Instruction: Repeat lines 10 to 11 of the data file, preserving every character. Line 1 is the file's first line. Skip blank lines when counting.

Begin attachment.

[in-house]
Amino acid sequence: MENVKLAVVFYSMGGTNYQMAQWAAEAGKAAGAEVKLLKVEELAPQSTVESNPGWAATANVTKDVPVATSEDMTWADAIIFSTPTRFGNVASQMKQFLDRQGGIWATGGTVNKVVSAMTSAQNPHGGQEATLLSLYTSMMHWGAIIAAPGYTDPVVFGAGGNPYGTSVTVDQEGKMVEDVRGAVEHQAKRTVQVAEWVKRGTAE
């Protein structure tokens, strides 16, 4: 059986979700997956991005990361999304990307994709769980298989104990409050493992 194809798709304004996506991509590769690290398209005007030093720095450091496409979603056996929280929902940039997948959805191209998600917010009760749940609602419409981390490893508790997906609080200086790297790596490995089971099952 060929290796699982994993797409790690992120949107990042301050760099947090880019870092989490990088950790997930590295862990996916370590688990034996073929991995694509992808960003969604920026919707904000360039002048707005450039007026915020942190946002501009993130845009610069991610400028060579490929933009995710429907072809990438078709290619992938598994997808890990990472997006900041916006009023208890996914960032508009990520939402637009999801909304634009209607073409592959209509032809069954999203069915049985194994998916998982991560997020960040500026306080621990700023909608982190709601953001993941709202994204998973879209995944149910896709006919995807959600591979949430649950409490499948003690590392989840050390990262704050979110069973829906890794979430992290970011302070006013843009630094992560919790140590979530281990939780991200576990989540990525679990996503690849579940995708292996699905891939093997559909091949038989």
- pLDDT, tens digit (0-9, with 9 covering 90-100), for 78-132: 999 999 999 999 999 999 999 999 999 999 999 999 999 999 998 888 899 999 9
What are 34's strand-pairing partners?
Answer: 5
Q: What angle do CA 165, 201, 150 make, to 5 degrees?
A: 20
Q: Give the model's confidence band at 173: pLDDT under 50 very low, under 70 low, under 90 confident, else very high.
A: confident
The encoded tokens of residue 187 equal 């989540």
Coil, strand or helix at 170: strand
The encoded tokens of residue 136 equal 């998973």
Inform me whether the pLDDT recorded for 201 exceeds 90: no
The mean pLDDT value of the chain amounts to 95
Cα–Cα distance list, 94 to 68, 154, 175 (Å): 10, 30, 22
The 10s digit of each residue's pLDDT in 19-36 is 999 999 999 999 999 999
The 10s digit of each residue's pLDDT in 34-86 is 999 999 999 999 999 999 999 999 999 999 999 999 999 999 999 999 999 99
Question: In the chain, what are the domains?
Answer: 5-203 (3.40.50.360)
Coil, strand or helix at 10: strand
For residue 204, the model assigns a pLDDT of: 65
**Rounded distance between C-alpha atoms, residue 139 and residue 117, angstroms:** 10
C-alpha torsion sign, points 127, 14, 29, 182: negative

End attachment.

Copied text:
A: confident
The encoded tokens of residue 187 equal 């989540």